15. “They are less and less recognizable as ‘works of art.’”
The strategy of transferring art to everyday life, or infiltrat­ing everyday life with it, i.e., overcoming the boundary
between art and everyday life, is part of the tradition of Constructivism in Russia, the De Stijl movement in the Netherlands, and in the Bauhaus school in Germany, all of which aimed to transport art into everyday life in the hope of improving people’s circumstances through their new surroundings. These artistic movements sympa­thized with socialism, which in the 1920s aimed to create a “new human being.” At some exhibitions of the sheet steel Square Tubes, the visitors, who immediately recognize anything hanging in a frame or standing on a pedestal as art, were uncertain as to whether the works were art at all or technical equipment.
They were forced to make a decision and had to ask themselves what characteristics made something recog­nizable as art at all. Works of art that are difficult to recog­nize as such come across as ambiguous objects with the potential to unsettle observers—or, in the best-case scenario, to inspire them to think. Contrary to the concept of democratic accessibility, however, this artistic strategy can cause the educated to be pleased to be able to recog­nize the object as a work of art, while the uneducated misinterpret the installation as a ventilation unit. I view an artwork’s innate potential for being misinterpret­ed as an everyday object as a sign of modesty, one that revokes art’s desire to catch the eye, namely the aesthetic intrusive­ness that art normally has about it.

16. “The objects should have the objective character of industrial products.”
Works of art that look like industrial products are in­deed not easily recognizable as such. Industrial products have an “objective character” in that, being the result of ma­chine processing during serial production, they do not have
the subjective character that a handmade artwork traditionally has. This objectivization is to be understood as desubjectivization, a strategy that Charlotte pursued in order to withdraw more and more as an artist. She subsequently only delivered the concept, and for this reason is quite rightly regarded both as a Minimal artist and a Concept artist—though the dividing line is blurred. Industrial products are also objective in that, being mass-produced articles, they are ubiquitous in character, i.e., they can be found everywhere, similar to a cheap everyday item on the global market. The term “industrial product,” in the sens­e of mass-produced items, also implies the concept’s democratic character: this art was meant to be available to everyone.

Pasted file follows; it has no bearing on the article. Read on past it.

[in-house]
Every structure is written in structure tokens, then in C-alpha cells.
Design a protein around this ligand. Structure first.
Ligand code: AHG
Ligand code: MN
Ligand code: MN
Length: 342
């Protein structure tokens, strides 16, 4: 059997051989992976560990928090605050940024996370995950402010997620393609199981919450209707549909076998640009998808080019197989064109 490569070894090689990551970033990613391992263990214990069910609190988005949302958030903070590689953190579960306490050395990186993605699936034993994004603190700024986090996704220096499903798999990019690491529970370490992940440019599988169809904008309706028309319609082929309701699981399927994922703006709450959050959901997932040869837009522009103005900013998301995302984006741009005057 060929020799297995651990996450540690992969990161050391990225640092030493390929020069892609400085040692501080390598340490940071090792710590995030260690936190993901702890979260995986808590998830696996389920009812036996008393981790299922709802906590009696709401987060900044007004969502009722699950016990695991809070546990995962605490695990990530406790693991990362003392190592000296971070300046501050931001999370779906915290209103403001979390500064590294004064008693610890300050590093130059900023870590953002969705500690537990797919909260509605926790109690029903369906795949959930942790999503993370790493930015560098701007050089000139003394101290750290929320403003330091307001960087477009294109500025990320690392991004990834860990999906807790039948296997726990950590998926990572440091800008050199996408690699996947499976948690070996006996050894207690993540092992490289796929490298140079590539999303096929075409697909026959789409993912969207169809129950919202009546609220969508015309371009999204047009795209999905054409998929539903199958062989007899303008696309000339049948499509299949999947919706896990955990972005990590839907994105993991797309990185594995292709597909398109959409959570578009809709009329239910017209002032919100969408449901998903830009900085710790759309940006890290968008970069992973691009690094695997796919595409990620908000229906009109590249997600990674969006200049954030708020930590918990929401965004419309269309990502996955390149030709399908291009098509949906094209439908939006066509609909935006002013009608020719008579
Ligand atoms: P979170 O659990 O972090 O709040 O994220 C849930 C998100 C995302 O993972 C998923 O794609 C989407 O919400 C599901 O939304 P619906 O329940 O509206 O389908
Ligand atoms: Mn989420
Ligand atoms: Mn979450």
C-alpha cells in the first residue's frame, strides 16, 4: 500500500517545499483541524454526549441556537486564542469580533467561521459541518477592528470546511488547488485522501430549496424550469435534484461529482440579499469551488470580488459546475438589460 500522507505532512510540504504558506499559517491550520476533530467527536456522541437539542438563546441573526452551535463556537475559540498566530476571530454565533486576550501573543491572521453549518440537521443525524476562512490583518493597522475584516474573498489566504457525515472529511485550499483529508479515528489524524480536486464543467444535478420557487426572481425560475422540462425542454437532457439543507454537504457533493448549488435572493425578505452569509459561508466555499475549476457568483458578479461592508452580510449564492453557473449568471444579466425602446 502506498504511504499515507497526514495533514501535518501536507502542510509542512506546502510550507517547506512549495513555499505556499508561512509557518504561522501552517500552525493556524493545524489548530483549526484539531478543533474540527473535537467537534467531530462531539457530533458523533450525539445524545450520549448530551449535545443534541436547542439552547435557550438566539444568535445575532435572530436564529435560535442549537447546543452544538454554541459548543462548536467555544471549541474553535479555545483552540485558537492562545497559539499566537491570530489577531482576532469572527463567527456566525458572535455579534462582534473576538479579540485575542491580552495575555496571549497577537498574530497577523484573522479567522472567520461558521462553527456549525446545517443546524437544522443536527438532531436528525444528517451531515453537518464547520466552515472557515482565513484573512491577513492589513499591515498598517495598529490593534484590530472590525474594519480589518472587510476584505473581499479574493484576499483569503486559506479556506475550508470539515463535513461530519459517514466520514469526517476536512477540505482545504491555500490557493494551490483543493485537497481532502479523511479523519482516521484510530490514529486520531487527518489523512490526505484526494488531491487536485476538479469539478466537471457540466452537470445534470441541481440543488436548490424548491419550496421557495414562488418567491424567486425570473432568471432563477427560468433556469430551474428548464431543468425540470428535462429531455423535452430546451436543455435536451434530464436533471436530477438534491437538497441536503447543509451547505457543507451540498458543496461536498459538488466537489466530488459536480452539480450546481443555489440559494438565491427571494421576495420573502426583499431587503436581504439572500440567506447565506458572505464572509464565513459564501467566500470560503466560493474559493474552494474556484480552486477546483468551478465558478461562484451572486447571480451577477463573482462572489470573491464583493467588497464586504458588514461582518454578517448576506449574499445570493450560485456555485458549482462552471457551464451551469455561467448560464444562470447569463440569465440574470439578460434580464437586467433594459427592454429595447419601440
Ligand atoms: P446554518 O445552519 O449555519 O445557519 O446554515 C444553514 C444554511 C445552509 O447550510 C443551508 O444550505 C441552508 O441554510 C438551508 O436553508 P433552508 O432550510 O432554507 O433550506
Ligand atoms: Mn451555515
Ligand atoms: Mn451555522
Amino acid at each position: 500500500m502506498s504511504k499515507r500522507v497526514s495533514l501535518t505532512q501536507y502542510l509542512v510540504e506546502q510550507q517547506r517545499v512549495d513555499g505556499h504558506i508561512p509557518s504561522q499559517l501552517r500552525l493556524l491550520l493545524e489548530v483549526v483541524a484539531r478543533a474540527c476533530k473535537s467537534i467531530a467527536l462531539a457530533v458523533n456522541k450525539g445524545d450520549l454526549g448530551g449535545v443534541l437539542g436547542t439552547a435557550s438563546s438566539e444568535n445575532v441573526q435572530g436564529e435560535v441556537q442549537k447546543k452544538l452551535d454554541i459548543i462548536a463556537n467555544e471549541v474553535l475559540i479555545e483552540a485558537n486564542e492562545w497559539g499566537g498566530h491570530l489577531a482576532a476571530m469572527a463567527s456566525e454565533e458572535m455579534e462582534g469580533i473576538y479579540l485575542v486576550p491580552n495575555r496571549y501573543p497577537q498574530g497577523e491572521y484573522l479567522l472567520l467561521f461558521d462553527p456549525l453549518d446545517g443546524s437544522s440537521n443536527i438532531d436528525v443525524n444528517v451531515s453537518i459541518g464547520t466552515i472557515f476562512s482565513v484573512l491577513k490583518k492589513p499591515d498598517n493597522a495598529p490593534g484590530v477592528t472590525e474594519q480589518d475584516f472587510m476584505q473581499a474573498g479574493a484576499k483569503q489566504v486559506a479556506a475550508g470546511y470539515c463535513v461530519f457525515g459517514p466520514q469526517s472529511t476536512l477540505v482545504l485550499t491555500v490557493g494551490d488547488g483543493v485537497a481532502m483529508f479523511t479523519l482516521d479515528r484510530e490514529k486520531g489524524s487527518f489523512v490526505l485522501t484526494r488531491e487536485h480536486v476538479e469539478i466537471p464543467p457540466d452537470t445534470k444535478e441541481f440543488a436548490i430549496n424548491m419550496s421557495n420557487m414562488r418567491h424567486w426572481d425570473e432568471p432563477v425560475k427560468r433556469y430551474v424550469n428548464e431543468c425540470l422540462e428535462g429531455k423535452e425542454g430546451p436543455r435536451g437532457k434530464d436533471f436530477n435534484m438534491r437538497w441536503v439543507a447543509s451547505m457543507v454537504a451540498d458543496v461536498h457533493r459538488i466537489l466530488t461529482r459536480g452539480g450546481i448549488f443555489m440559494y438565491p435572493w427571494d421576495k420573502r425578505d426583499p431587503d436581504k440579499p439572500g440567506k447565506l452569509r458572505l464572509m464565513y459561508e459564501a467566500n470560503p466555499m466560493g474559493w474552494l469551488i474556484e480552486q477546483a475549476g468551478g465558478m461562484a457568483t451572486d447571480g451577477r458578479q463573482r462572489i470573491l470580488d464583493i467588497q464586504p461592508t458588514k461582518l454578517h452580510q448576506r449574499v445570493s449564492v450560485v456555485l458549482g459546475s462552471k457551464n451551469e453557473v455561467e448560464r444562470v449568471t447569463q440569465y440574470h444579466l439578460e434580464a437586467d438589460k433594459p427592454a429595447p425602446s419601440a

17. “They [the objects] should present nothing aside from what they are.”
Although with characteristics such as elementarization, seriality, mass production, ordinary materials, and stereometric, technology-related design Charlotte’s art reveals unmistakable references to the industrial working world, the proposition presented here postulates self-reference otherwise attributed only to autonomous works of art, which, as the sovereign artist’s own creation, differ from the secular world. What I mean by this is that self-referential art neither depicts nor symbolizes the outside world. But art that maintains its autonomy as a sovereign form of independence, like those traditional (abstract) artists who within a picture frame create previously unseen worlds of their own, also has a trace of the outside world. A square in an “abstract” picture, for example, irrefutably references squares in engineering and architecture, regardless of whether the artist intended this or not. The relation to reality is demonstrable, and this alone counts. The aspiration of autonomy is reminiscent of the myth of Sisyphus, who was condemned to repeatedly roll a boulder up a hill, knowing full well that it would only roll down again. In short, autonomy, radical self-reference, though a worthy goal, can never be achieved: every work of art, except those that consist purely of color, remains rooted in the outside world, be it formally or in terms of content. In the case of Charlotte’s art, changeability—as the fundamental dimension of the concept—clearly reveals the social background of an era in which change was a guiding principle of emancipa­tory social action. The similarity between the Square Tubes and ventilation equipment alone contradicts the claim of self-reference. This is why Renate Wiehager coined the term “mimetic minimalism” in reference to Charlotte’s art.